Why is NFL scoring so variant? NFL is a highly-variant sport for daily fantasy because the scoring is “event-based,” whereby a touchdown is worth as many points as 60 yards gained (for RB/WR/TE). Yardage is somewhat predictive, whereas touchdowns are often a crapshoot. For example, an RB or WR can be tackled at the 1-yard line and a team will bring in a bruising goalline RB to vulture the touchdown, thereby ‘stealing’ points from the player that did the lion’s share of ball handling to that point. Likewise, a QB can pass for 300+ yards and have his receiver get tackled inside the redzone throughout an otherwise productive game and never actually throw a touchdown pass, thereby limiting his final fantasy output.
The key to consistent winning in daily fantasy football is not to ‘beat’ variance because that is virtually impossible in the near-term; if you make the correct, value-based roster decisions, you will, however, come out on the right side of variance over the long-term. To accomplish this, you must endeavor to understand variance, how it affects next week’s salary from site to site, and how to exploit it to your advantage. On daily sites, salaries are determined by algorithms that take into account multiple factors including recent and long-term performance, historical percentage-owned, and weekly matchup. A prime example of how variance and player information (Part I of this series) can be used to one’s advantage is Marques Colston of 2013; through 10 games last year, Colston played somewhat injured and only mustered 2 touchdown catches through 10 games. Despite nearly 70 targets, his touchdown rate was miserably low for being the #1 wide receiver on a potent Saints’ offense. As the season progressed, Colston’s health improved and he was used more often in the Saints’ offense. His salary entering Week #11, however, was extremely low throughout the industry because of his lack of touchdowns to that point; if you rostered him that week, you would have been rewarded with a 9-reception, 125-yard, 2-touchdown performance that was good enough for 29 points on FanDuel and 43.5 points on DraftKings! Remember to try to roster stud players whose salaries are depressed after several bad weeks of performance; when they return to the right side of variance, you will reap the rewards--for GPP’s, this is a strategy that can pay huge dividends!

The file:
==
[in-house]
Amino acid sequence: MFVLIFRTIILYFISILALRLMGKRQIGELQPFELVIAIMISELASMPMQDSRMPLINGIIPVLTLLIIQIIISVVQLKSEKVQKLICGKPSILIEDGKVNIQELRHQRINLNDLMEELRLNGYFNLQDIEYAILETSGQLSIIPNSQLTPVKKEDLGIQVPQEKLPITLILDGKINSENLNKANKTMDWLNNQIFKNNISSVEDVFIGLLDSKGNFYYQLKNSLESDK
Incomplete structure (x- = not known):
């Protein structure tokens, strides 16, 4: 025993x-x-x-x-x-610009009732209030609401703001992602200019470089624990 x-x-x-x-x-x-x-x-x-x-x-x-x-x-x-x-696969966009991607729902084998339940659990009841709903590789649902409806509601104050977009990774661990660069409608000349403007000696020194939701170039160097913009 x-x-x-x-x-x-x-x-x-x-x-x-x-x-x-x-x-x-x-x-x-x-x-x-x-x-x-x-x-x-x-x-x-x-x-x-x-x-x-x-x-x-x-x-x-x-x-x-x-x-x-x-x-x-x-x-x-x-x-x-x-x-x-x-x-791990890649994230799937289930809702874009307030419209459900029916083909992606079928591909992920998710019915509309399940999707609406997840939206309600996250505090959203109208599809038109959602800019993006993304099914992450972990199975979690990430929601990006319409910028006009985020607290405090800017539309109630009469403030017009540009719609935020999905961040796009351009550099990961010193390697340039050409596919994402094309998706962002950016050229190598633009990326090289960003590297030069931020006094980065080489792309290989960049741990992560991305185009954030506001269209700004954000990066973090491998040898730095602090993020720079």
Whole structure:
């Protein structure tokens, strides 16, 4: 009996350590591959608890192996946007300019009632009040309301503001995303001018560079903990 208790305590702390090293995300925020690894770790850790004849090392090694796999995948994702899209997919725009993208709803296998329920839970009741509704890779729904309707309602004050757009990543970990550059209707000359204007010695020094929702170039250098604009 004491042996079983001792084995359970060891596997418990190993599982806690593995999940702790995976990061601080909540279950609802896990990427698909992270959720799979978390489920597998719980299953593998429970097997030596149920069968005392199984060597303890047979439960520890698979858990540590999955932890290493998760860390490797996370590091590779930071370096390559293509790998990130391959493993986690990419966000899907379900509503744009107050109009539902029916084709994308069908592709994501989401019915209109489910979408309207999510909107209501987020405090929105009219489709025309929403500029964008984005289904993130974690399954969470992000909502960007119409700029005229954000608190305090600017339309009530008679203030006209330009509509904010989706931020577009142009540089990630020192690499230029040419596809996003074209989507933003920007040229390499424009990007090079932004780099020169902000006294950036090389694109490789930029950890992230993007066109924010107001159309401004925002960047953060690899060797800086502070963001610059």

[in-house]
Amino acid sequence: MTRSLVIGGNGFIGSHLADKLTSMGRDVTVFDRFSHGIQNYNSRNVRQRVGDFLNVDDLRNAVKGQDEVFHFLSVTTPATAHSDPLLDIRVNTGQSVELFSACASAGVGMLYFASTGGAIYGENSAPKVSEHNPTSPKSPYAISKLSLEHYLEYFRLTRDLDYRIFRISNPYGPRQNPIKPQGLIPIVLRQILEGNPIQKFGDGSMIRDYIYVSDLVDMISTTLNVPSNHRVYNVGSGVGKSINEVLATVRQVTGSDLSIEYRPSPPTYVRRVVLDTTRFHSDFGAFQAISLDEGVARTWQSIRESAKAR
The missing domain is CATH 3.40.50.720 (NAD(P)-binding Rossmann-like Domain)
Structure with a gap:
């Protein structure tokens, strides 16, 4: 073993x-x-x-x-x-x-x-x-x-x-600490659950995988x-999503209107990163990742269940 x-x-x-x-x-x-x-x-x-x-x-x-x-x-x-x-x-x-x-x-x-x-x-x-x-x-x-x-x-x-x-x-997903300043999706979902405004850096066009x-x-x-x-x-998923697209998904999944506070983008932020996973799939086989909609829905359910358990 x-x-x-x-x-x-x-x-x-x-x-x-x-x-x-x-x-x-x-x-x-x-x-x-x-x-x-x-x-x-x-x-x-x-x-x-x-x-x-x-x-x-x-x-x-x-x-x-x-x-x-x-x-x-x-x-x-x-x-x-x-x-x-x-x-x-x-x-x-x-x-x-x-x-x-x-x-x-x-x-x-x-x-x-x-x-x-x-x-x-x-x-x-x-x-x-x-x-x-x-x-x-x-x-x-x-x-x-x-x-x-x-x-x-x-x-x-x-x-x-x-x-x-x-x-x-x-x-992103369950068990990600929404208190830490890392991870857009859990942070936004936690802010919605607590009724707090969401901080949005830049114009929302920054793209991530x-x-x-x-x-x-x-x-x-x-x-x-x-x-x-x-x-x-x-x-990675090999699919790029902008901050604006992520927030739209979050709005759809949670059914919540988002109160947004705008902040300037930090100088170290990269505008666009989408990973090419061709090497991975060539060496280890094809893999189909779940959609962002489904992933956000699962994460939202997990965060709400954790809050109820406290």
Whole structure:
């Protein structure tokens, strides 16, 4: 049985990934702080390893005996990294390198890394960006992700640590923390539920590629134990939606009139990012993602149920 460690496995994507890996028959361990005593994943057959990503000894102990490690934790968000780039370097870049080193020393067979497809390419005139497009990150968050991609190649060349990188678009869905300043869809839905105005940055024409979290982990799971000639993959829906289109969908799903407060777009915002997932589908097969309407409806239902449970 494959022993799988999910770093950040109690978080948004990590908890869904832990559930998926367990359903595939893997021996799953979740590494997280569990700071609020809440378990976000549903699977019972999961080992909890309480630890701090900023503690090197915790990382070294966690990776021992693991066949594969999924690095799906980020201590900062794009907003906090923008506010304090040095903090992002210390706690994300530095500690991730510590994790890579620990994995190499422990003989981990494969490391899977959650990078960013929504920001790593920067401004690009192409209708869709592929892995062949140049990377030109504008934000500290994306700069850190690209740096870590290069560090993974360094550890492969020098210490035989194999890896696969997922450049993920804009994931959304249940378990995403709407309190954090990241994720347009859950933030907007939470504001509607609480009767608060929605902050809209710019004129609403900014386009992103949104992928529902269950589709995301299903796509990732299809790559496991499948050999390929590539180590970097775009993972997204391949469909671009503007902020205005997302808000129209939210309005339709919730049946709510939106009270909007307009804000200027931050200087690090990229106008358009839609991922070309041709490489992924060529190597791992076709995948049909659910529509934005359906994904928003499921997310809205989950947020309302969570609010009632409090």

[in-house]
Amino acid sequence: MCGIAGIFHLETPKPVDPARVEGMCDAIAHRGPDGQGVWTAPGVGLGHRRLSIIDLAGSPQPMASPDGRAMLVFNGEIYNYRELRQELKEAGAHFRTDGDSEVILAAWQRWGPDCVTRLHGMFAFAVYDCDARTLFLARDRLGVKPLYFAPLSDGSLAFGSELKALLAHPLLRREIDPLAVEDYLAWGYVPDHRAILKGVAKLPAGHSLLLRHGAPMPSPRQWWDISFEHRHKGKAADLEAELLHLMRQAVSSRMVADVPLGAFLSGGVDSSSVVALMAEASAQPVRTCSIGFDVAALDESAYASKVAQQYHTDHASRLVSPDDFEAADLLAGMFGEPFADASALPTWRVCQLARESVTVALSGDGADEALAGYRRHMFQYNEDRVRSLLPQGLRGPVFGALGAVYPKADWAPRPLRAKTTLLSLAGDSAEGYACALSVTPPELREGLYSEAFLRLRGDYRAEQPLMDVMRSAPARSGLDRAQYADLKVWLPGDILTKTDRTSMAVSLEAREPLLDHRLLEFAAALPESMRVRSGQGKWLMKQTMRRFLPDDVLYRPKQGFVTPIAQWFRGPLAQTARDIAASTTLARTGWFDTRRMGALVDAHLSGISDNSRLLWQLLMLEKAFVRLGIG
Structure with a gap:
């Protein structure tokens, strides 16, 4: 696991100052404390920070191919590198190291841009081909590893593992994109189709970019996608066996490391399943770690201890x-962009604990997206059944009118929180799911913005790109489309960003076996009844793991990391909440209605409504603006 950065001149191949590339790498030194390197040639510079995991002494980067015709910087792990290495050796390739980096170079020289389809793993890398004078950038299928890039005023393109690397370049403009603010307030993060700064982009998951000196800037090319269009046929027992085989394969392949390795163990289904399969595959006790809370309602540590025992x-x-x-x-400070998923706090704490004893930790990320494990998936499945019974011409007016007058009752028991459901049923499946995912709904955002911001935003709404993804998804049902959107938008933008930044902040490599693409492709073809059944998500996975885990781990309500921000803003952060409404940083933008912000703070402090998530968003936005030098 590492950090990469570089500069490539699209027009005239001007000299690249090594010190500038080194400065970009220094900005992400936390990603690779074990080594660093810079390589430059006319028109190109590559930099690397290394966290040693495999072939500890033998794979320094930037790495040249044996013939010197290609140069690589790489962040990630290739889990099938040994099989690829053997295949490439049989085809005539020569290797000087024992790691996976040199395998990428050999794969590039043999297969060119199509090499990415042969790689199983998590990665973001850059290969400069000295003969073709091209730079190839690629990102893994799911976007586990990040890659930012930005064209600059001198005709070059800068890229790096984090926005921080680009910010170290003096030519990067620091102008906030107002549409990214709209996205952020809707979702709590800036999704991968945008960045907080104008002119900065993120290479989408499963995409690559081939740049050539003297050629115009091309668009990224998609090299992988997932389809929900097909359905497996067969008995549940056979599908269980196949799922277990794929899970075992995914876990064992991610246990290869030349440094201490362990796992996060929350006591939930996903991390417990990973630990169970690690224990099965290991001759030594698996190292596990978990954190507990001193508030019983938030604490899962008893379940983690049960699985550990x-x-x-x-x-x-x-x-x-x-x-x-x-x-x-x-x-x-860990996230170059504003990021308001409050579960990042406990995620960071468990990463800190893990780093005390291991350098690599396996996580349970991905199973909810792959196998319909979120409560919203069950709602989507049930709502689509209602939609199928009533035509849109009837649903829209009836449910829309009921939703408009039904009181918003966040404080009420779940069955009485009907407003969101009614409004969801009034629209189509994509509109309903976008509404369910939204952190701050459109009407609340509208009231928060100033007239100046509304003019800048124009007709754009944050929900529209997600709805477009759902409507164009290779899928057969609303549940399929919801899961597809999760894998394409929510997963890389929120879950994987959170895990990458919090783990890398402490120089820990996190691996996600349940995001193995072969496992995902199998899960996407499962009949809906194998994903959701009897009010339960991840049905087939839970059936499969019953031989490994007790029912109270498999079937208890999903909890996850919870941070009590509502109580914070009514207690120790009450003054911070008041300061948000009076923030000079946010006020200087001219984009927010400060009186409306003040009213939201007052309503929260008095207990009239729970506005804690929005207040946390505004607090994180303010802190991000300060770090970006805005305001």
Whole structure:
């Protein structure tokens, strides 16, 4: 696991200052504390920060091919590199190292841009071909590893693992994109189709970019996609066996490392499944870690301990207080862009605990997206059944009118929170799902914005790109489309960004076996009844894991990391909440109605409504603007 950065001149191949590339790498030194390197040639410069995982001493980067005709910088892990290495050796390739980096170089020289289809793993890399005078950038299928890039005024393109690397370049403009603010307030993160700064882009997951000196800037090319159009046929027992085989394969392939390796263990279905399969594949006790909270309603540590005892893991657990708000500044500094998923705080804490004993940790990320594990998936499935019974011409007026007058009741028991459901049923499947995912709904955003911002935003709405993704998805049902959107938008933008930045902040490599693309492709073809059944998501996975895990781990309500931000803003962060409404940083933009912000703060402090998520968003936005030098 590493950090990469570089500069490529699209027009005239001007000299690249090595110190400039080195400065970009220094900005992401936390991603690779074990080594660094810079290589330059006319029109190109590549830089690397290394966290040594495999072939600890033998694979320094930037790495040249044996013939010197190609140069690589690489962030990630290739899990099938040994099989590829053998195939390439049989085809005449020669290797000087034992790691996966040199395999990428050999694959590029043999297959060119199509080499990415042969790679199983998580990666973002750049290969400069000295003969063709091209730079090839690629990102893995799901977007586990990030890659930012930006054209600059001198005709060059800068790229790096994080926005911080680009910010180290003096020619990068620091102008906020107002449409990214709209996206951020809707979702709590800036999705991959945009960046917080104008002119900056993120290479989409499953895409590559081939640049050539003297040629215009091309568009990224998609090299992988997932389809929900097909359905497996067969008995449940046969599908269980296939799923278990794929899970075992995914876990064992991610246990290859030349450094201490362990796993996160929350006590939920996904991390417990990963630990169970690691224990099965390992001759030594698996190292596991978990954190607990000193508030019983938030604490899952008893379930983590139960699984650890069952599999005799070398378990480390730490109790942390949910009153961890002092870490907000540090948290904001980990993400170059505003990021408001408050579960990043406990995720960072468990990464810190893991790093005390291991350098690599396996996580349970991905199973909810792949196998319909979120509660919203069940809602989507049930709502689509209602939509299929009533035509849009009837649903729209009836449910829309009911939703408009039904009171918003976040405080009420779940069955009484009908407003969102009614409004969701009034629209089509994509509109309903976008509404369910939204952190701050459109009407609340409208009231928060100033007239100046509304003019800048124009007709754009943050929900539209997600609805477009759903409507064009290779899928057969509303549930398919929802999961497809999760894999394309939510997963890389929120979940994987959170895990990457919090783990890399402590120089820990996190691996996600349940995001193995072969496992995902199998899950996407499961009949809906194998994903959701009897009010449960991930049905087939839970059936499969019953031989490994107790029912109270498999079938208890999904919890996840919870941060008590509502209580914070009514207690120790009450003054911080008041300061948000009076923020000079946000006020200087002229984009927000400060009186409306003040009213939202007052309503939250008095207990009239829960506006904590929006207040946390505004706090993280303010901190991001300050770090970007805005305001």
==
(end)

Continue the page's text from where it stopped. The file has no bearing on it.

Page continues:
In daily fantasy circles, the term ‘value’ is perhaps the most frequently discussed topic in any given week. A beginner on FanDuel or DraftKings will put together a roster that he thinks will score a lot of points; an expert on those sites knows approximately how many points he needs to win and uses value as a means to determine exactly who to roster. ...but what is value and why is it important?
In our everyday lives, we seek value—we try to maximize the value of our hard-earned dollars by comparing prices for major purchases, by purchasing generic products when appropriate, and by investing our money into assets that appreciate most consistently. The last example is perhaps the most amenable comparison to daily fantasy—when we make investments, the expectation is that investment will provide us the highest return on investment (ROI) possible. In daily fantasy, that ROI comes in the form of ‘points per dollar’ and is a major determining factor for most of our decisions with lineup construction.